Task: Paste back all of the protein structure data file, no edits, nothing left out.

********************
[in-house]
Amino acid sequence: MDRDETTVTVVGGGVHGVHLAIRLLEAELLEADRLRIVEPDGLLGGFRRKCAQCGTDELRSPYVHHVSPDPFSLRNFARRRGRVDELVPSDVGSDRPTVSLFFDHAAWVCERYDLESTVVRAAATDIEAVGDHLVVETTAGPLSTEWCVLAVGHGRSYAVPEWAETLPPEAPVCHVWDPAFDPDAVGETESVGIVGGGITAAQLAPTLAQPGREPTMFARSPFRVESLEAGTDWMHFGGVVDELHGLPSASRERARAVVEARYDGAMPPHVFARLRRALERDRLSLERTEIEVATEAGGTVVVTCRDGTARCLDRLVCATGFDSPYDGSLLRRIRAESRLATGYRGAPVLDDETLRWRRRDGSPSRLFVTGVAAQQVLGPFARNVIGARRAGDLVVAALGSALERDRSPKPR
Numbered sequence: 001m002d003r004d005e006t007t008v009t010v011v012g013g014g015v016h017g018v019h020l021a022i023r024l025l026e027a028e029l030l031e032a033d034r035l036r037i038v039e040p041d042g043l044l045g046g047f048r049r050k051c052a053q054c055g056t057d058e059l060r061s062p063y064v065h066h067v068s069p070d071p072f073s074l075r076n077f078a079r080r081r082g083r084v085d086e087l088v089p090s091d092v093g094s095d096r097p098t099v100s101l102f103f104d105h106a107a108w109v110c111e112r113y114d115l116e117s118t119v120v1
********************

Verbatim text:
[in-house]
Amino acid sequence: MDRDETTVTVVGGGVHGVHLAIRLLEAELLEADRLRIVEPDGLLGGFRRKCAQCGTDELRSPYVHHVSPDPFSLRNFARRRGRVDELVPSDVGSDRPTVSLFFDHAAWVCERYDLESTVVRAAATDIEAVGDHLVVETTAGPLSTEWCVLAVGHGRSYAVPEWAETLPPEAPVCHVWDPAFDPDAVGETESVGIVGGGITAAQLAPTLAQPGREPTMFARSPFRVESLEAGTDWMHFGGVVDELHGLPSASRERARAVVEARYDGAMPPHVFARLRRALERDRLSLERTEIEVATEAGGTVVVTCRDGTARCLDRLVCATGFDSPYDGSLLRRIRAESRLATGYRGAPVLDDETLRWRRRDGSPSRLFVTGVAAQQVLGPFARNVIGARRAGDLVVAALGSALERDRSPKPR
Numbered sequence: 001m002d003r004d005e006t007t008v009t010v011v012g013g014g015v016h017g018v019h020l021a022i023r024l025l026e027a028e029l030l031e032a033d034r035l036r037i038v039e040p041d042g043l044l045g046g047f048r049r050k051c052a053q054c055g056t057d058e059l060r061s062p063y064v065h066h067v068s069p070d071p072f073s074l075r076n077f078a079r080r081r082g083r084v085d086e087l088v089p090s091d092v093g094s095d096r097p098t099v100s101l102f103f104d105h106a107a108w109v110c111e112r113y114d115l116e117s118t119v120v1